Birds of Nebraska: Newspaper Accounts, 1854-1923

Editor [possibly Miles Greenleaf]. January 21, 1917. Legislation for the Birds [Dove Season and Sandhill Lake Preserves]. Omaha Sunday World-Herald 52(17): 4-E. A bird editorial.

Legislation for the Birds.

Were it not for the fact that Nebraska is chiefly an agricultural state, and that the department of agriculture of the United States government says that birds are the principal check upon insects which annually do more than one billion dollars of damage to the crops and orchards of this country, it might be useless to ask the Nebraska legislature to spend a bit of its valuable time in considering the conservation of the feathered tribes.

Most of the legislators at Lincoln were elected from strictly agricultural communities. The majority of the voters who sent them there are dependent upon crops for a livelihood. Uncle Sam says that the birds are the best possible protectors of the crops against the ravages of insects - so the legislators should be willing to do all in their power to protect the birds.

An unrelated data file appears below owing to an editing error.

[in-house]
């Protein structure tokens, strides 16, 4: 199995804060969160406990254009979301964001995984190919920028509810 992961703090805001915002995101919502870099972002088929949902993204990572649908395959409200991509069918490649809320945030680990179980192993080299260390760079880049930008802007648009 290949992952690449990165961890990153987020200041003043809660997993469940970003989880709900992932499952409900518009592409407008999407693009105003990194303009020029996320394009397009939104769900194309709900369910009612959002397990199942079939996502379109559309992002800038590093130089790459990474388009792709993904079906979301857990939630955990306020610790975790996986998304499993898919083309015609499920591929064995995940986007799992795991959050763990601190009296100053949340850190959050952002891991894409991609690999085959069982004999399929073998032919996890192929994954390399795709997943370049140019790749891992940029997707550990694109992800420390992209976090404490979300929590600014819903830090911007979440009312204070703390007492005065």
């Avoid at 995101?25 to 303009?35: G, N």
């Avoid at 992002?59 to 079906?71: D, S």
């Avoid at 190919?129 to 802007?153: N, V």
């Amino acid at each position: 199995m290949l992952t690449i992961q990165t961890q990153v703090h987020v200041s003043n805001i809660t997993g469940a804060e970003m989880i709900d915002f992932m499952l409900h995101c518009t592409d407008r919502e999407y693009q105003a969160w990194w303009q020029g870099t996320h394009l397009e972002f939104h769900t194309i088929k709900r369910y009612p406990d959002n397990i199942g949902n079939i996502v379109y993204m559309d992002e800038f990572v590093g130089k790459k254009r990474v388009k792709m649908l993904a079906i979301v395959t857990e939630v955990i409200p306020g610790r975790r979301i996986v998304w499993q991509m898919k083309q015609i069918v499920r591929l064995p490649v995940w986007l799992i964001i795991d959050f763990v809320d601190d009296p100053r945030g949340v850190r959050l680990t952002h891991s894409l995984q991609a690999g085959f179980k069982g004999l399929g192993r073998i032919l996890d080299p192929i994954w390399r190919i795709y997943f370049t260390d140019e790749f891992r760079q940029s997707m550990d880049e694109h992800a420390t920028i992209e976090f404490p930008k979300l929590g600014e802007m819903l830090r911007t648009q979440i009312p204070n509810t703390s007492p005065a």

Two things should be done by the present Nebraska legislature - one of them without fail.

The present open season on mourning doves, sometimes known as turtle doves, is from July 15 to September 1. This is an outrage upon the commonest laws of nature, for in this very period the doves are brooding and raising their young. that anyone should care to regard this beautiful, harmless and companionable bird as game is ridiculous enough, in our opinion, but that the gunmen should be turned loose upon them at this particular season is simply barbaric.

Mourning doves have been found upon their eggs as late as the first of September, during which process the hunter doesn't need a gun - he can rap them on the head with a stick if he is starving. It must be added that these doves, up until the maturity of their young, feed almost exclusively upon the very insects which are most dangerous to grain. Thereafter, it is true, they consume some grain, but the farmer is much better off by their presence than by their destruction.

Another measure which should be considered by the Lincoln solons is the setting aside of certain lakes in the Nebraska sandhills as state preserves, where water and shore birds of many varieties may safely come to brood and multiply. This, it is understood, has been done by Minnesota with great success and Professor Robert H. Wolcott, of the Nebraska university, is sponsor for this progressive idea.

If Professor Wolcott's suggestion is heeded, there can be no doubt that game birds will become much more plentiful in Nebraska, and the sport all the better in the legal open seasons.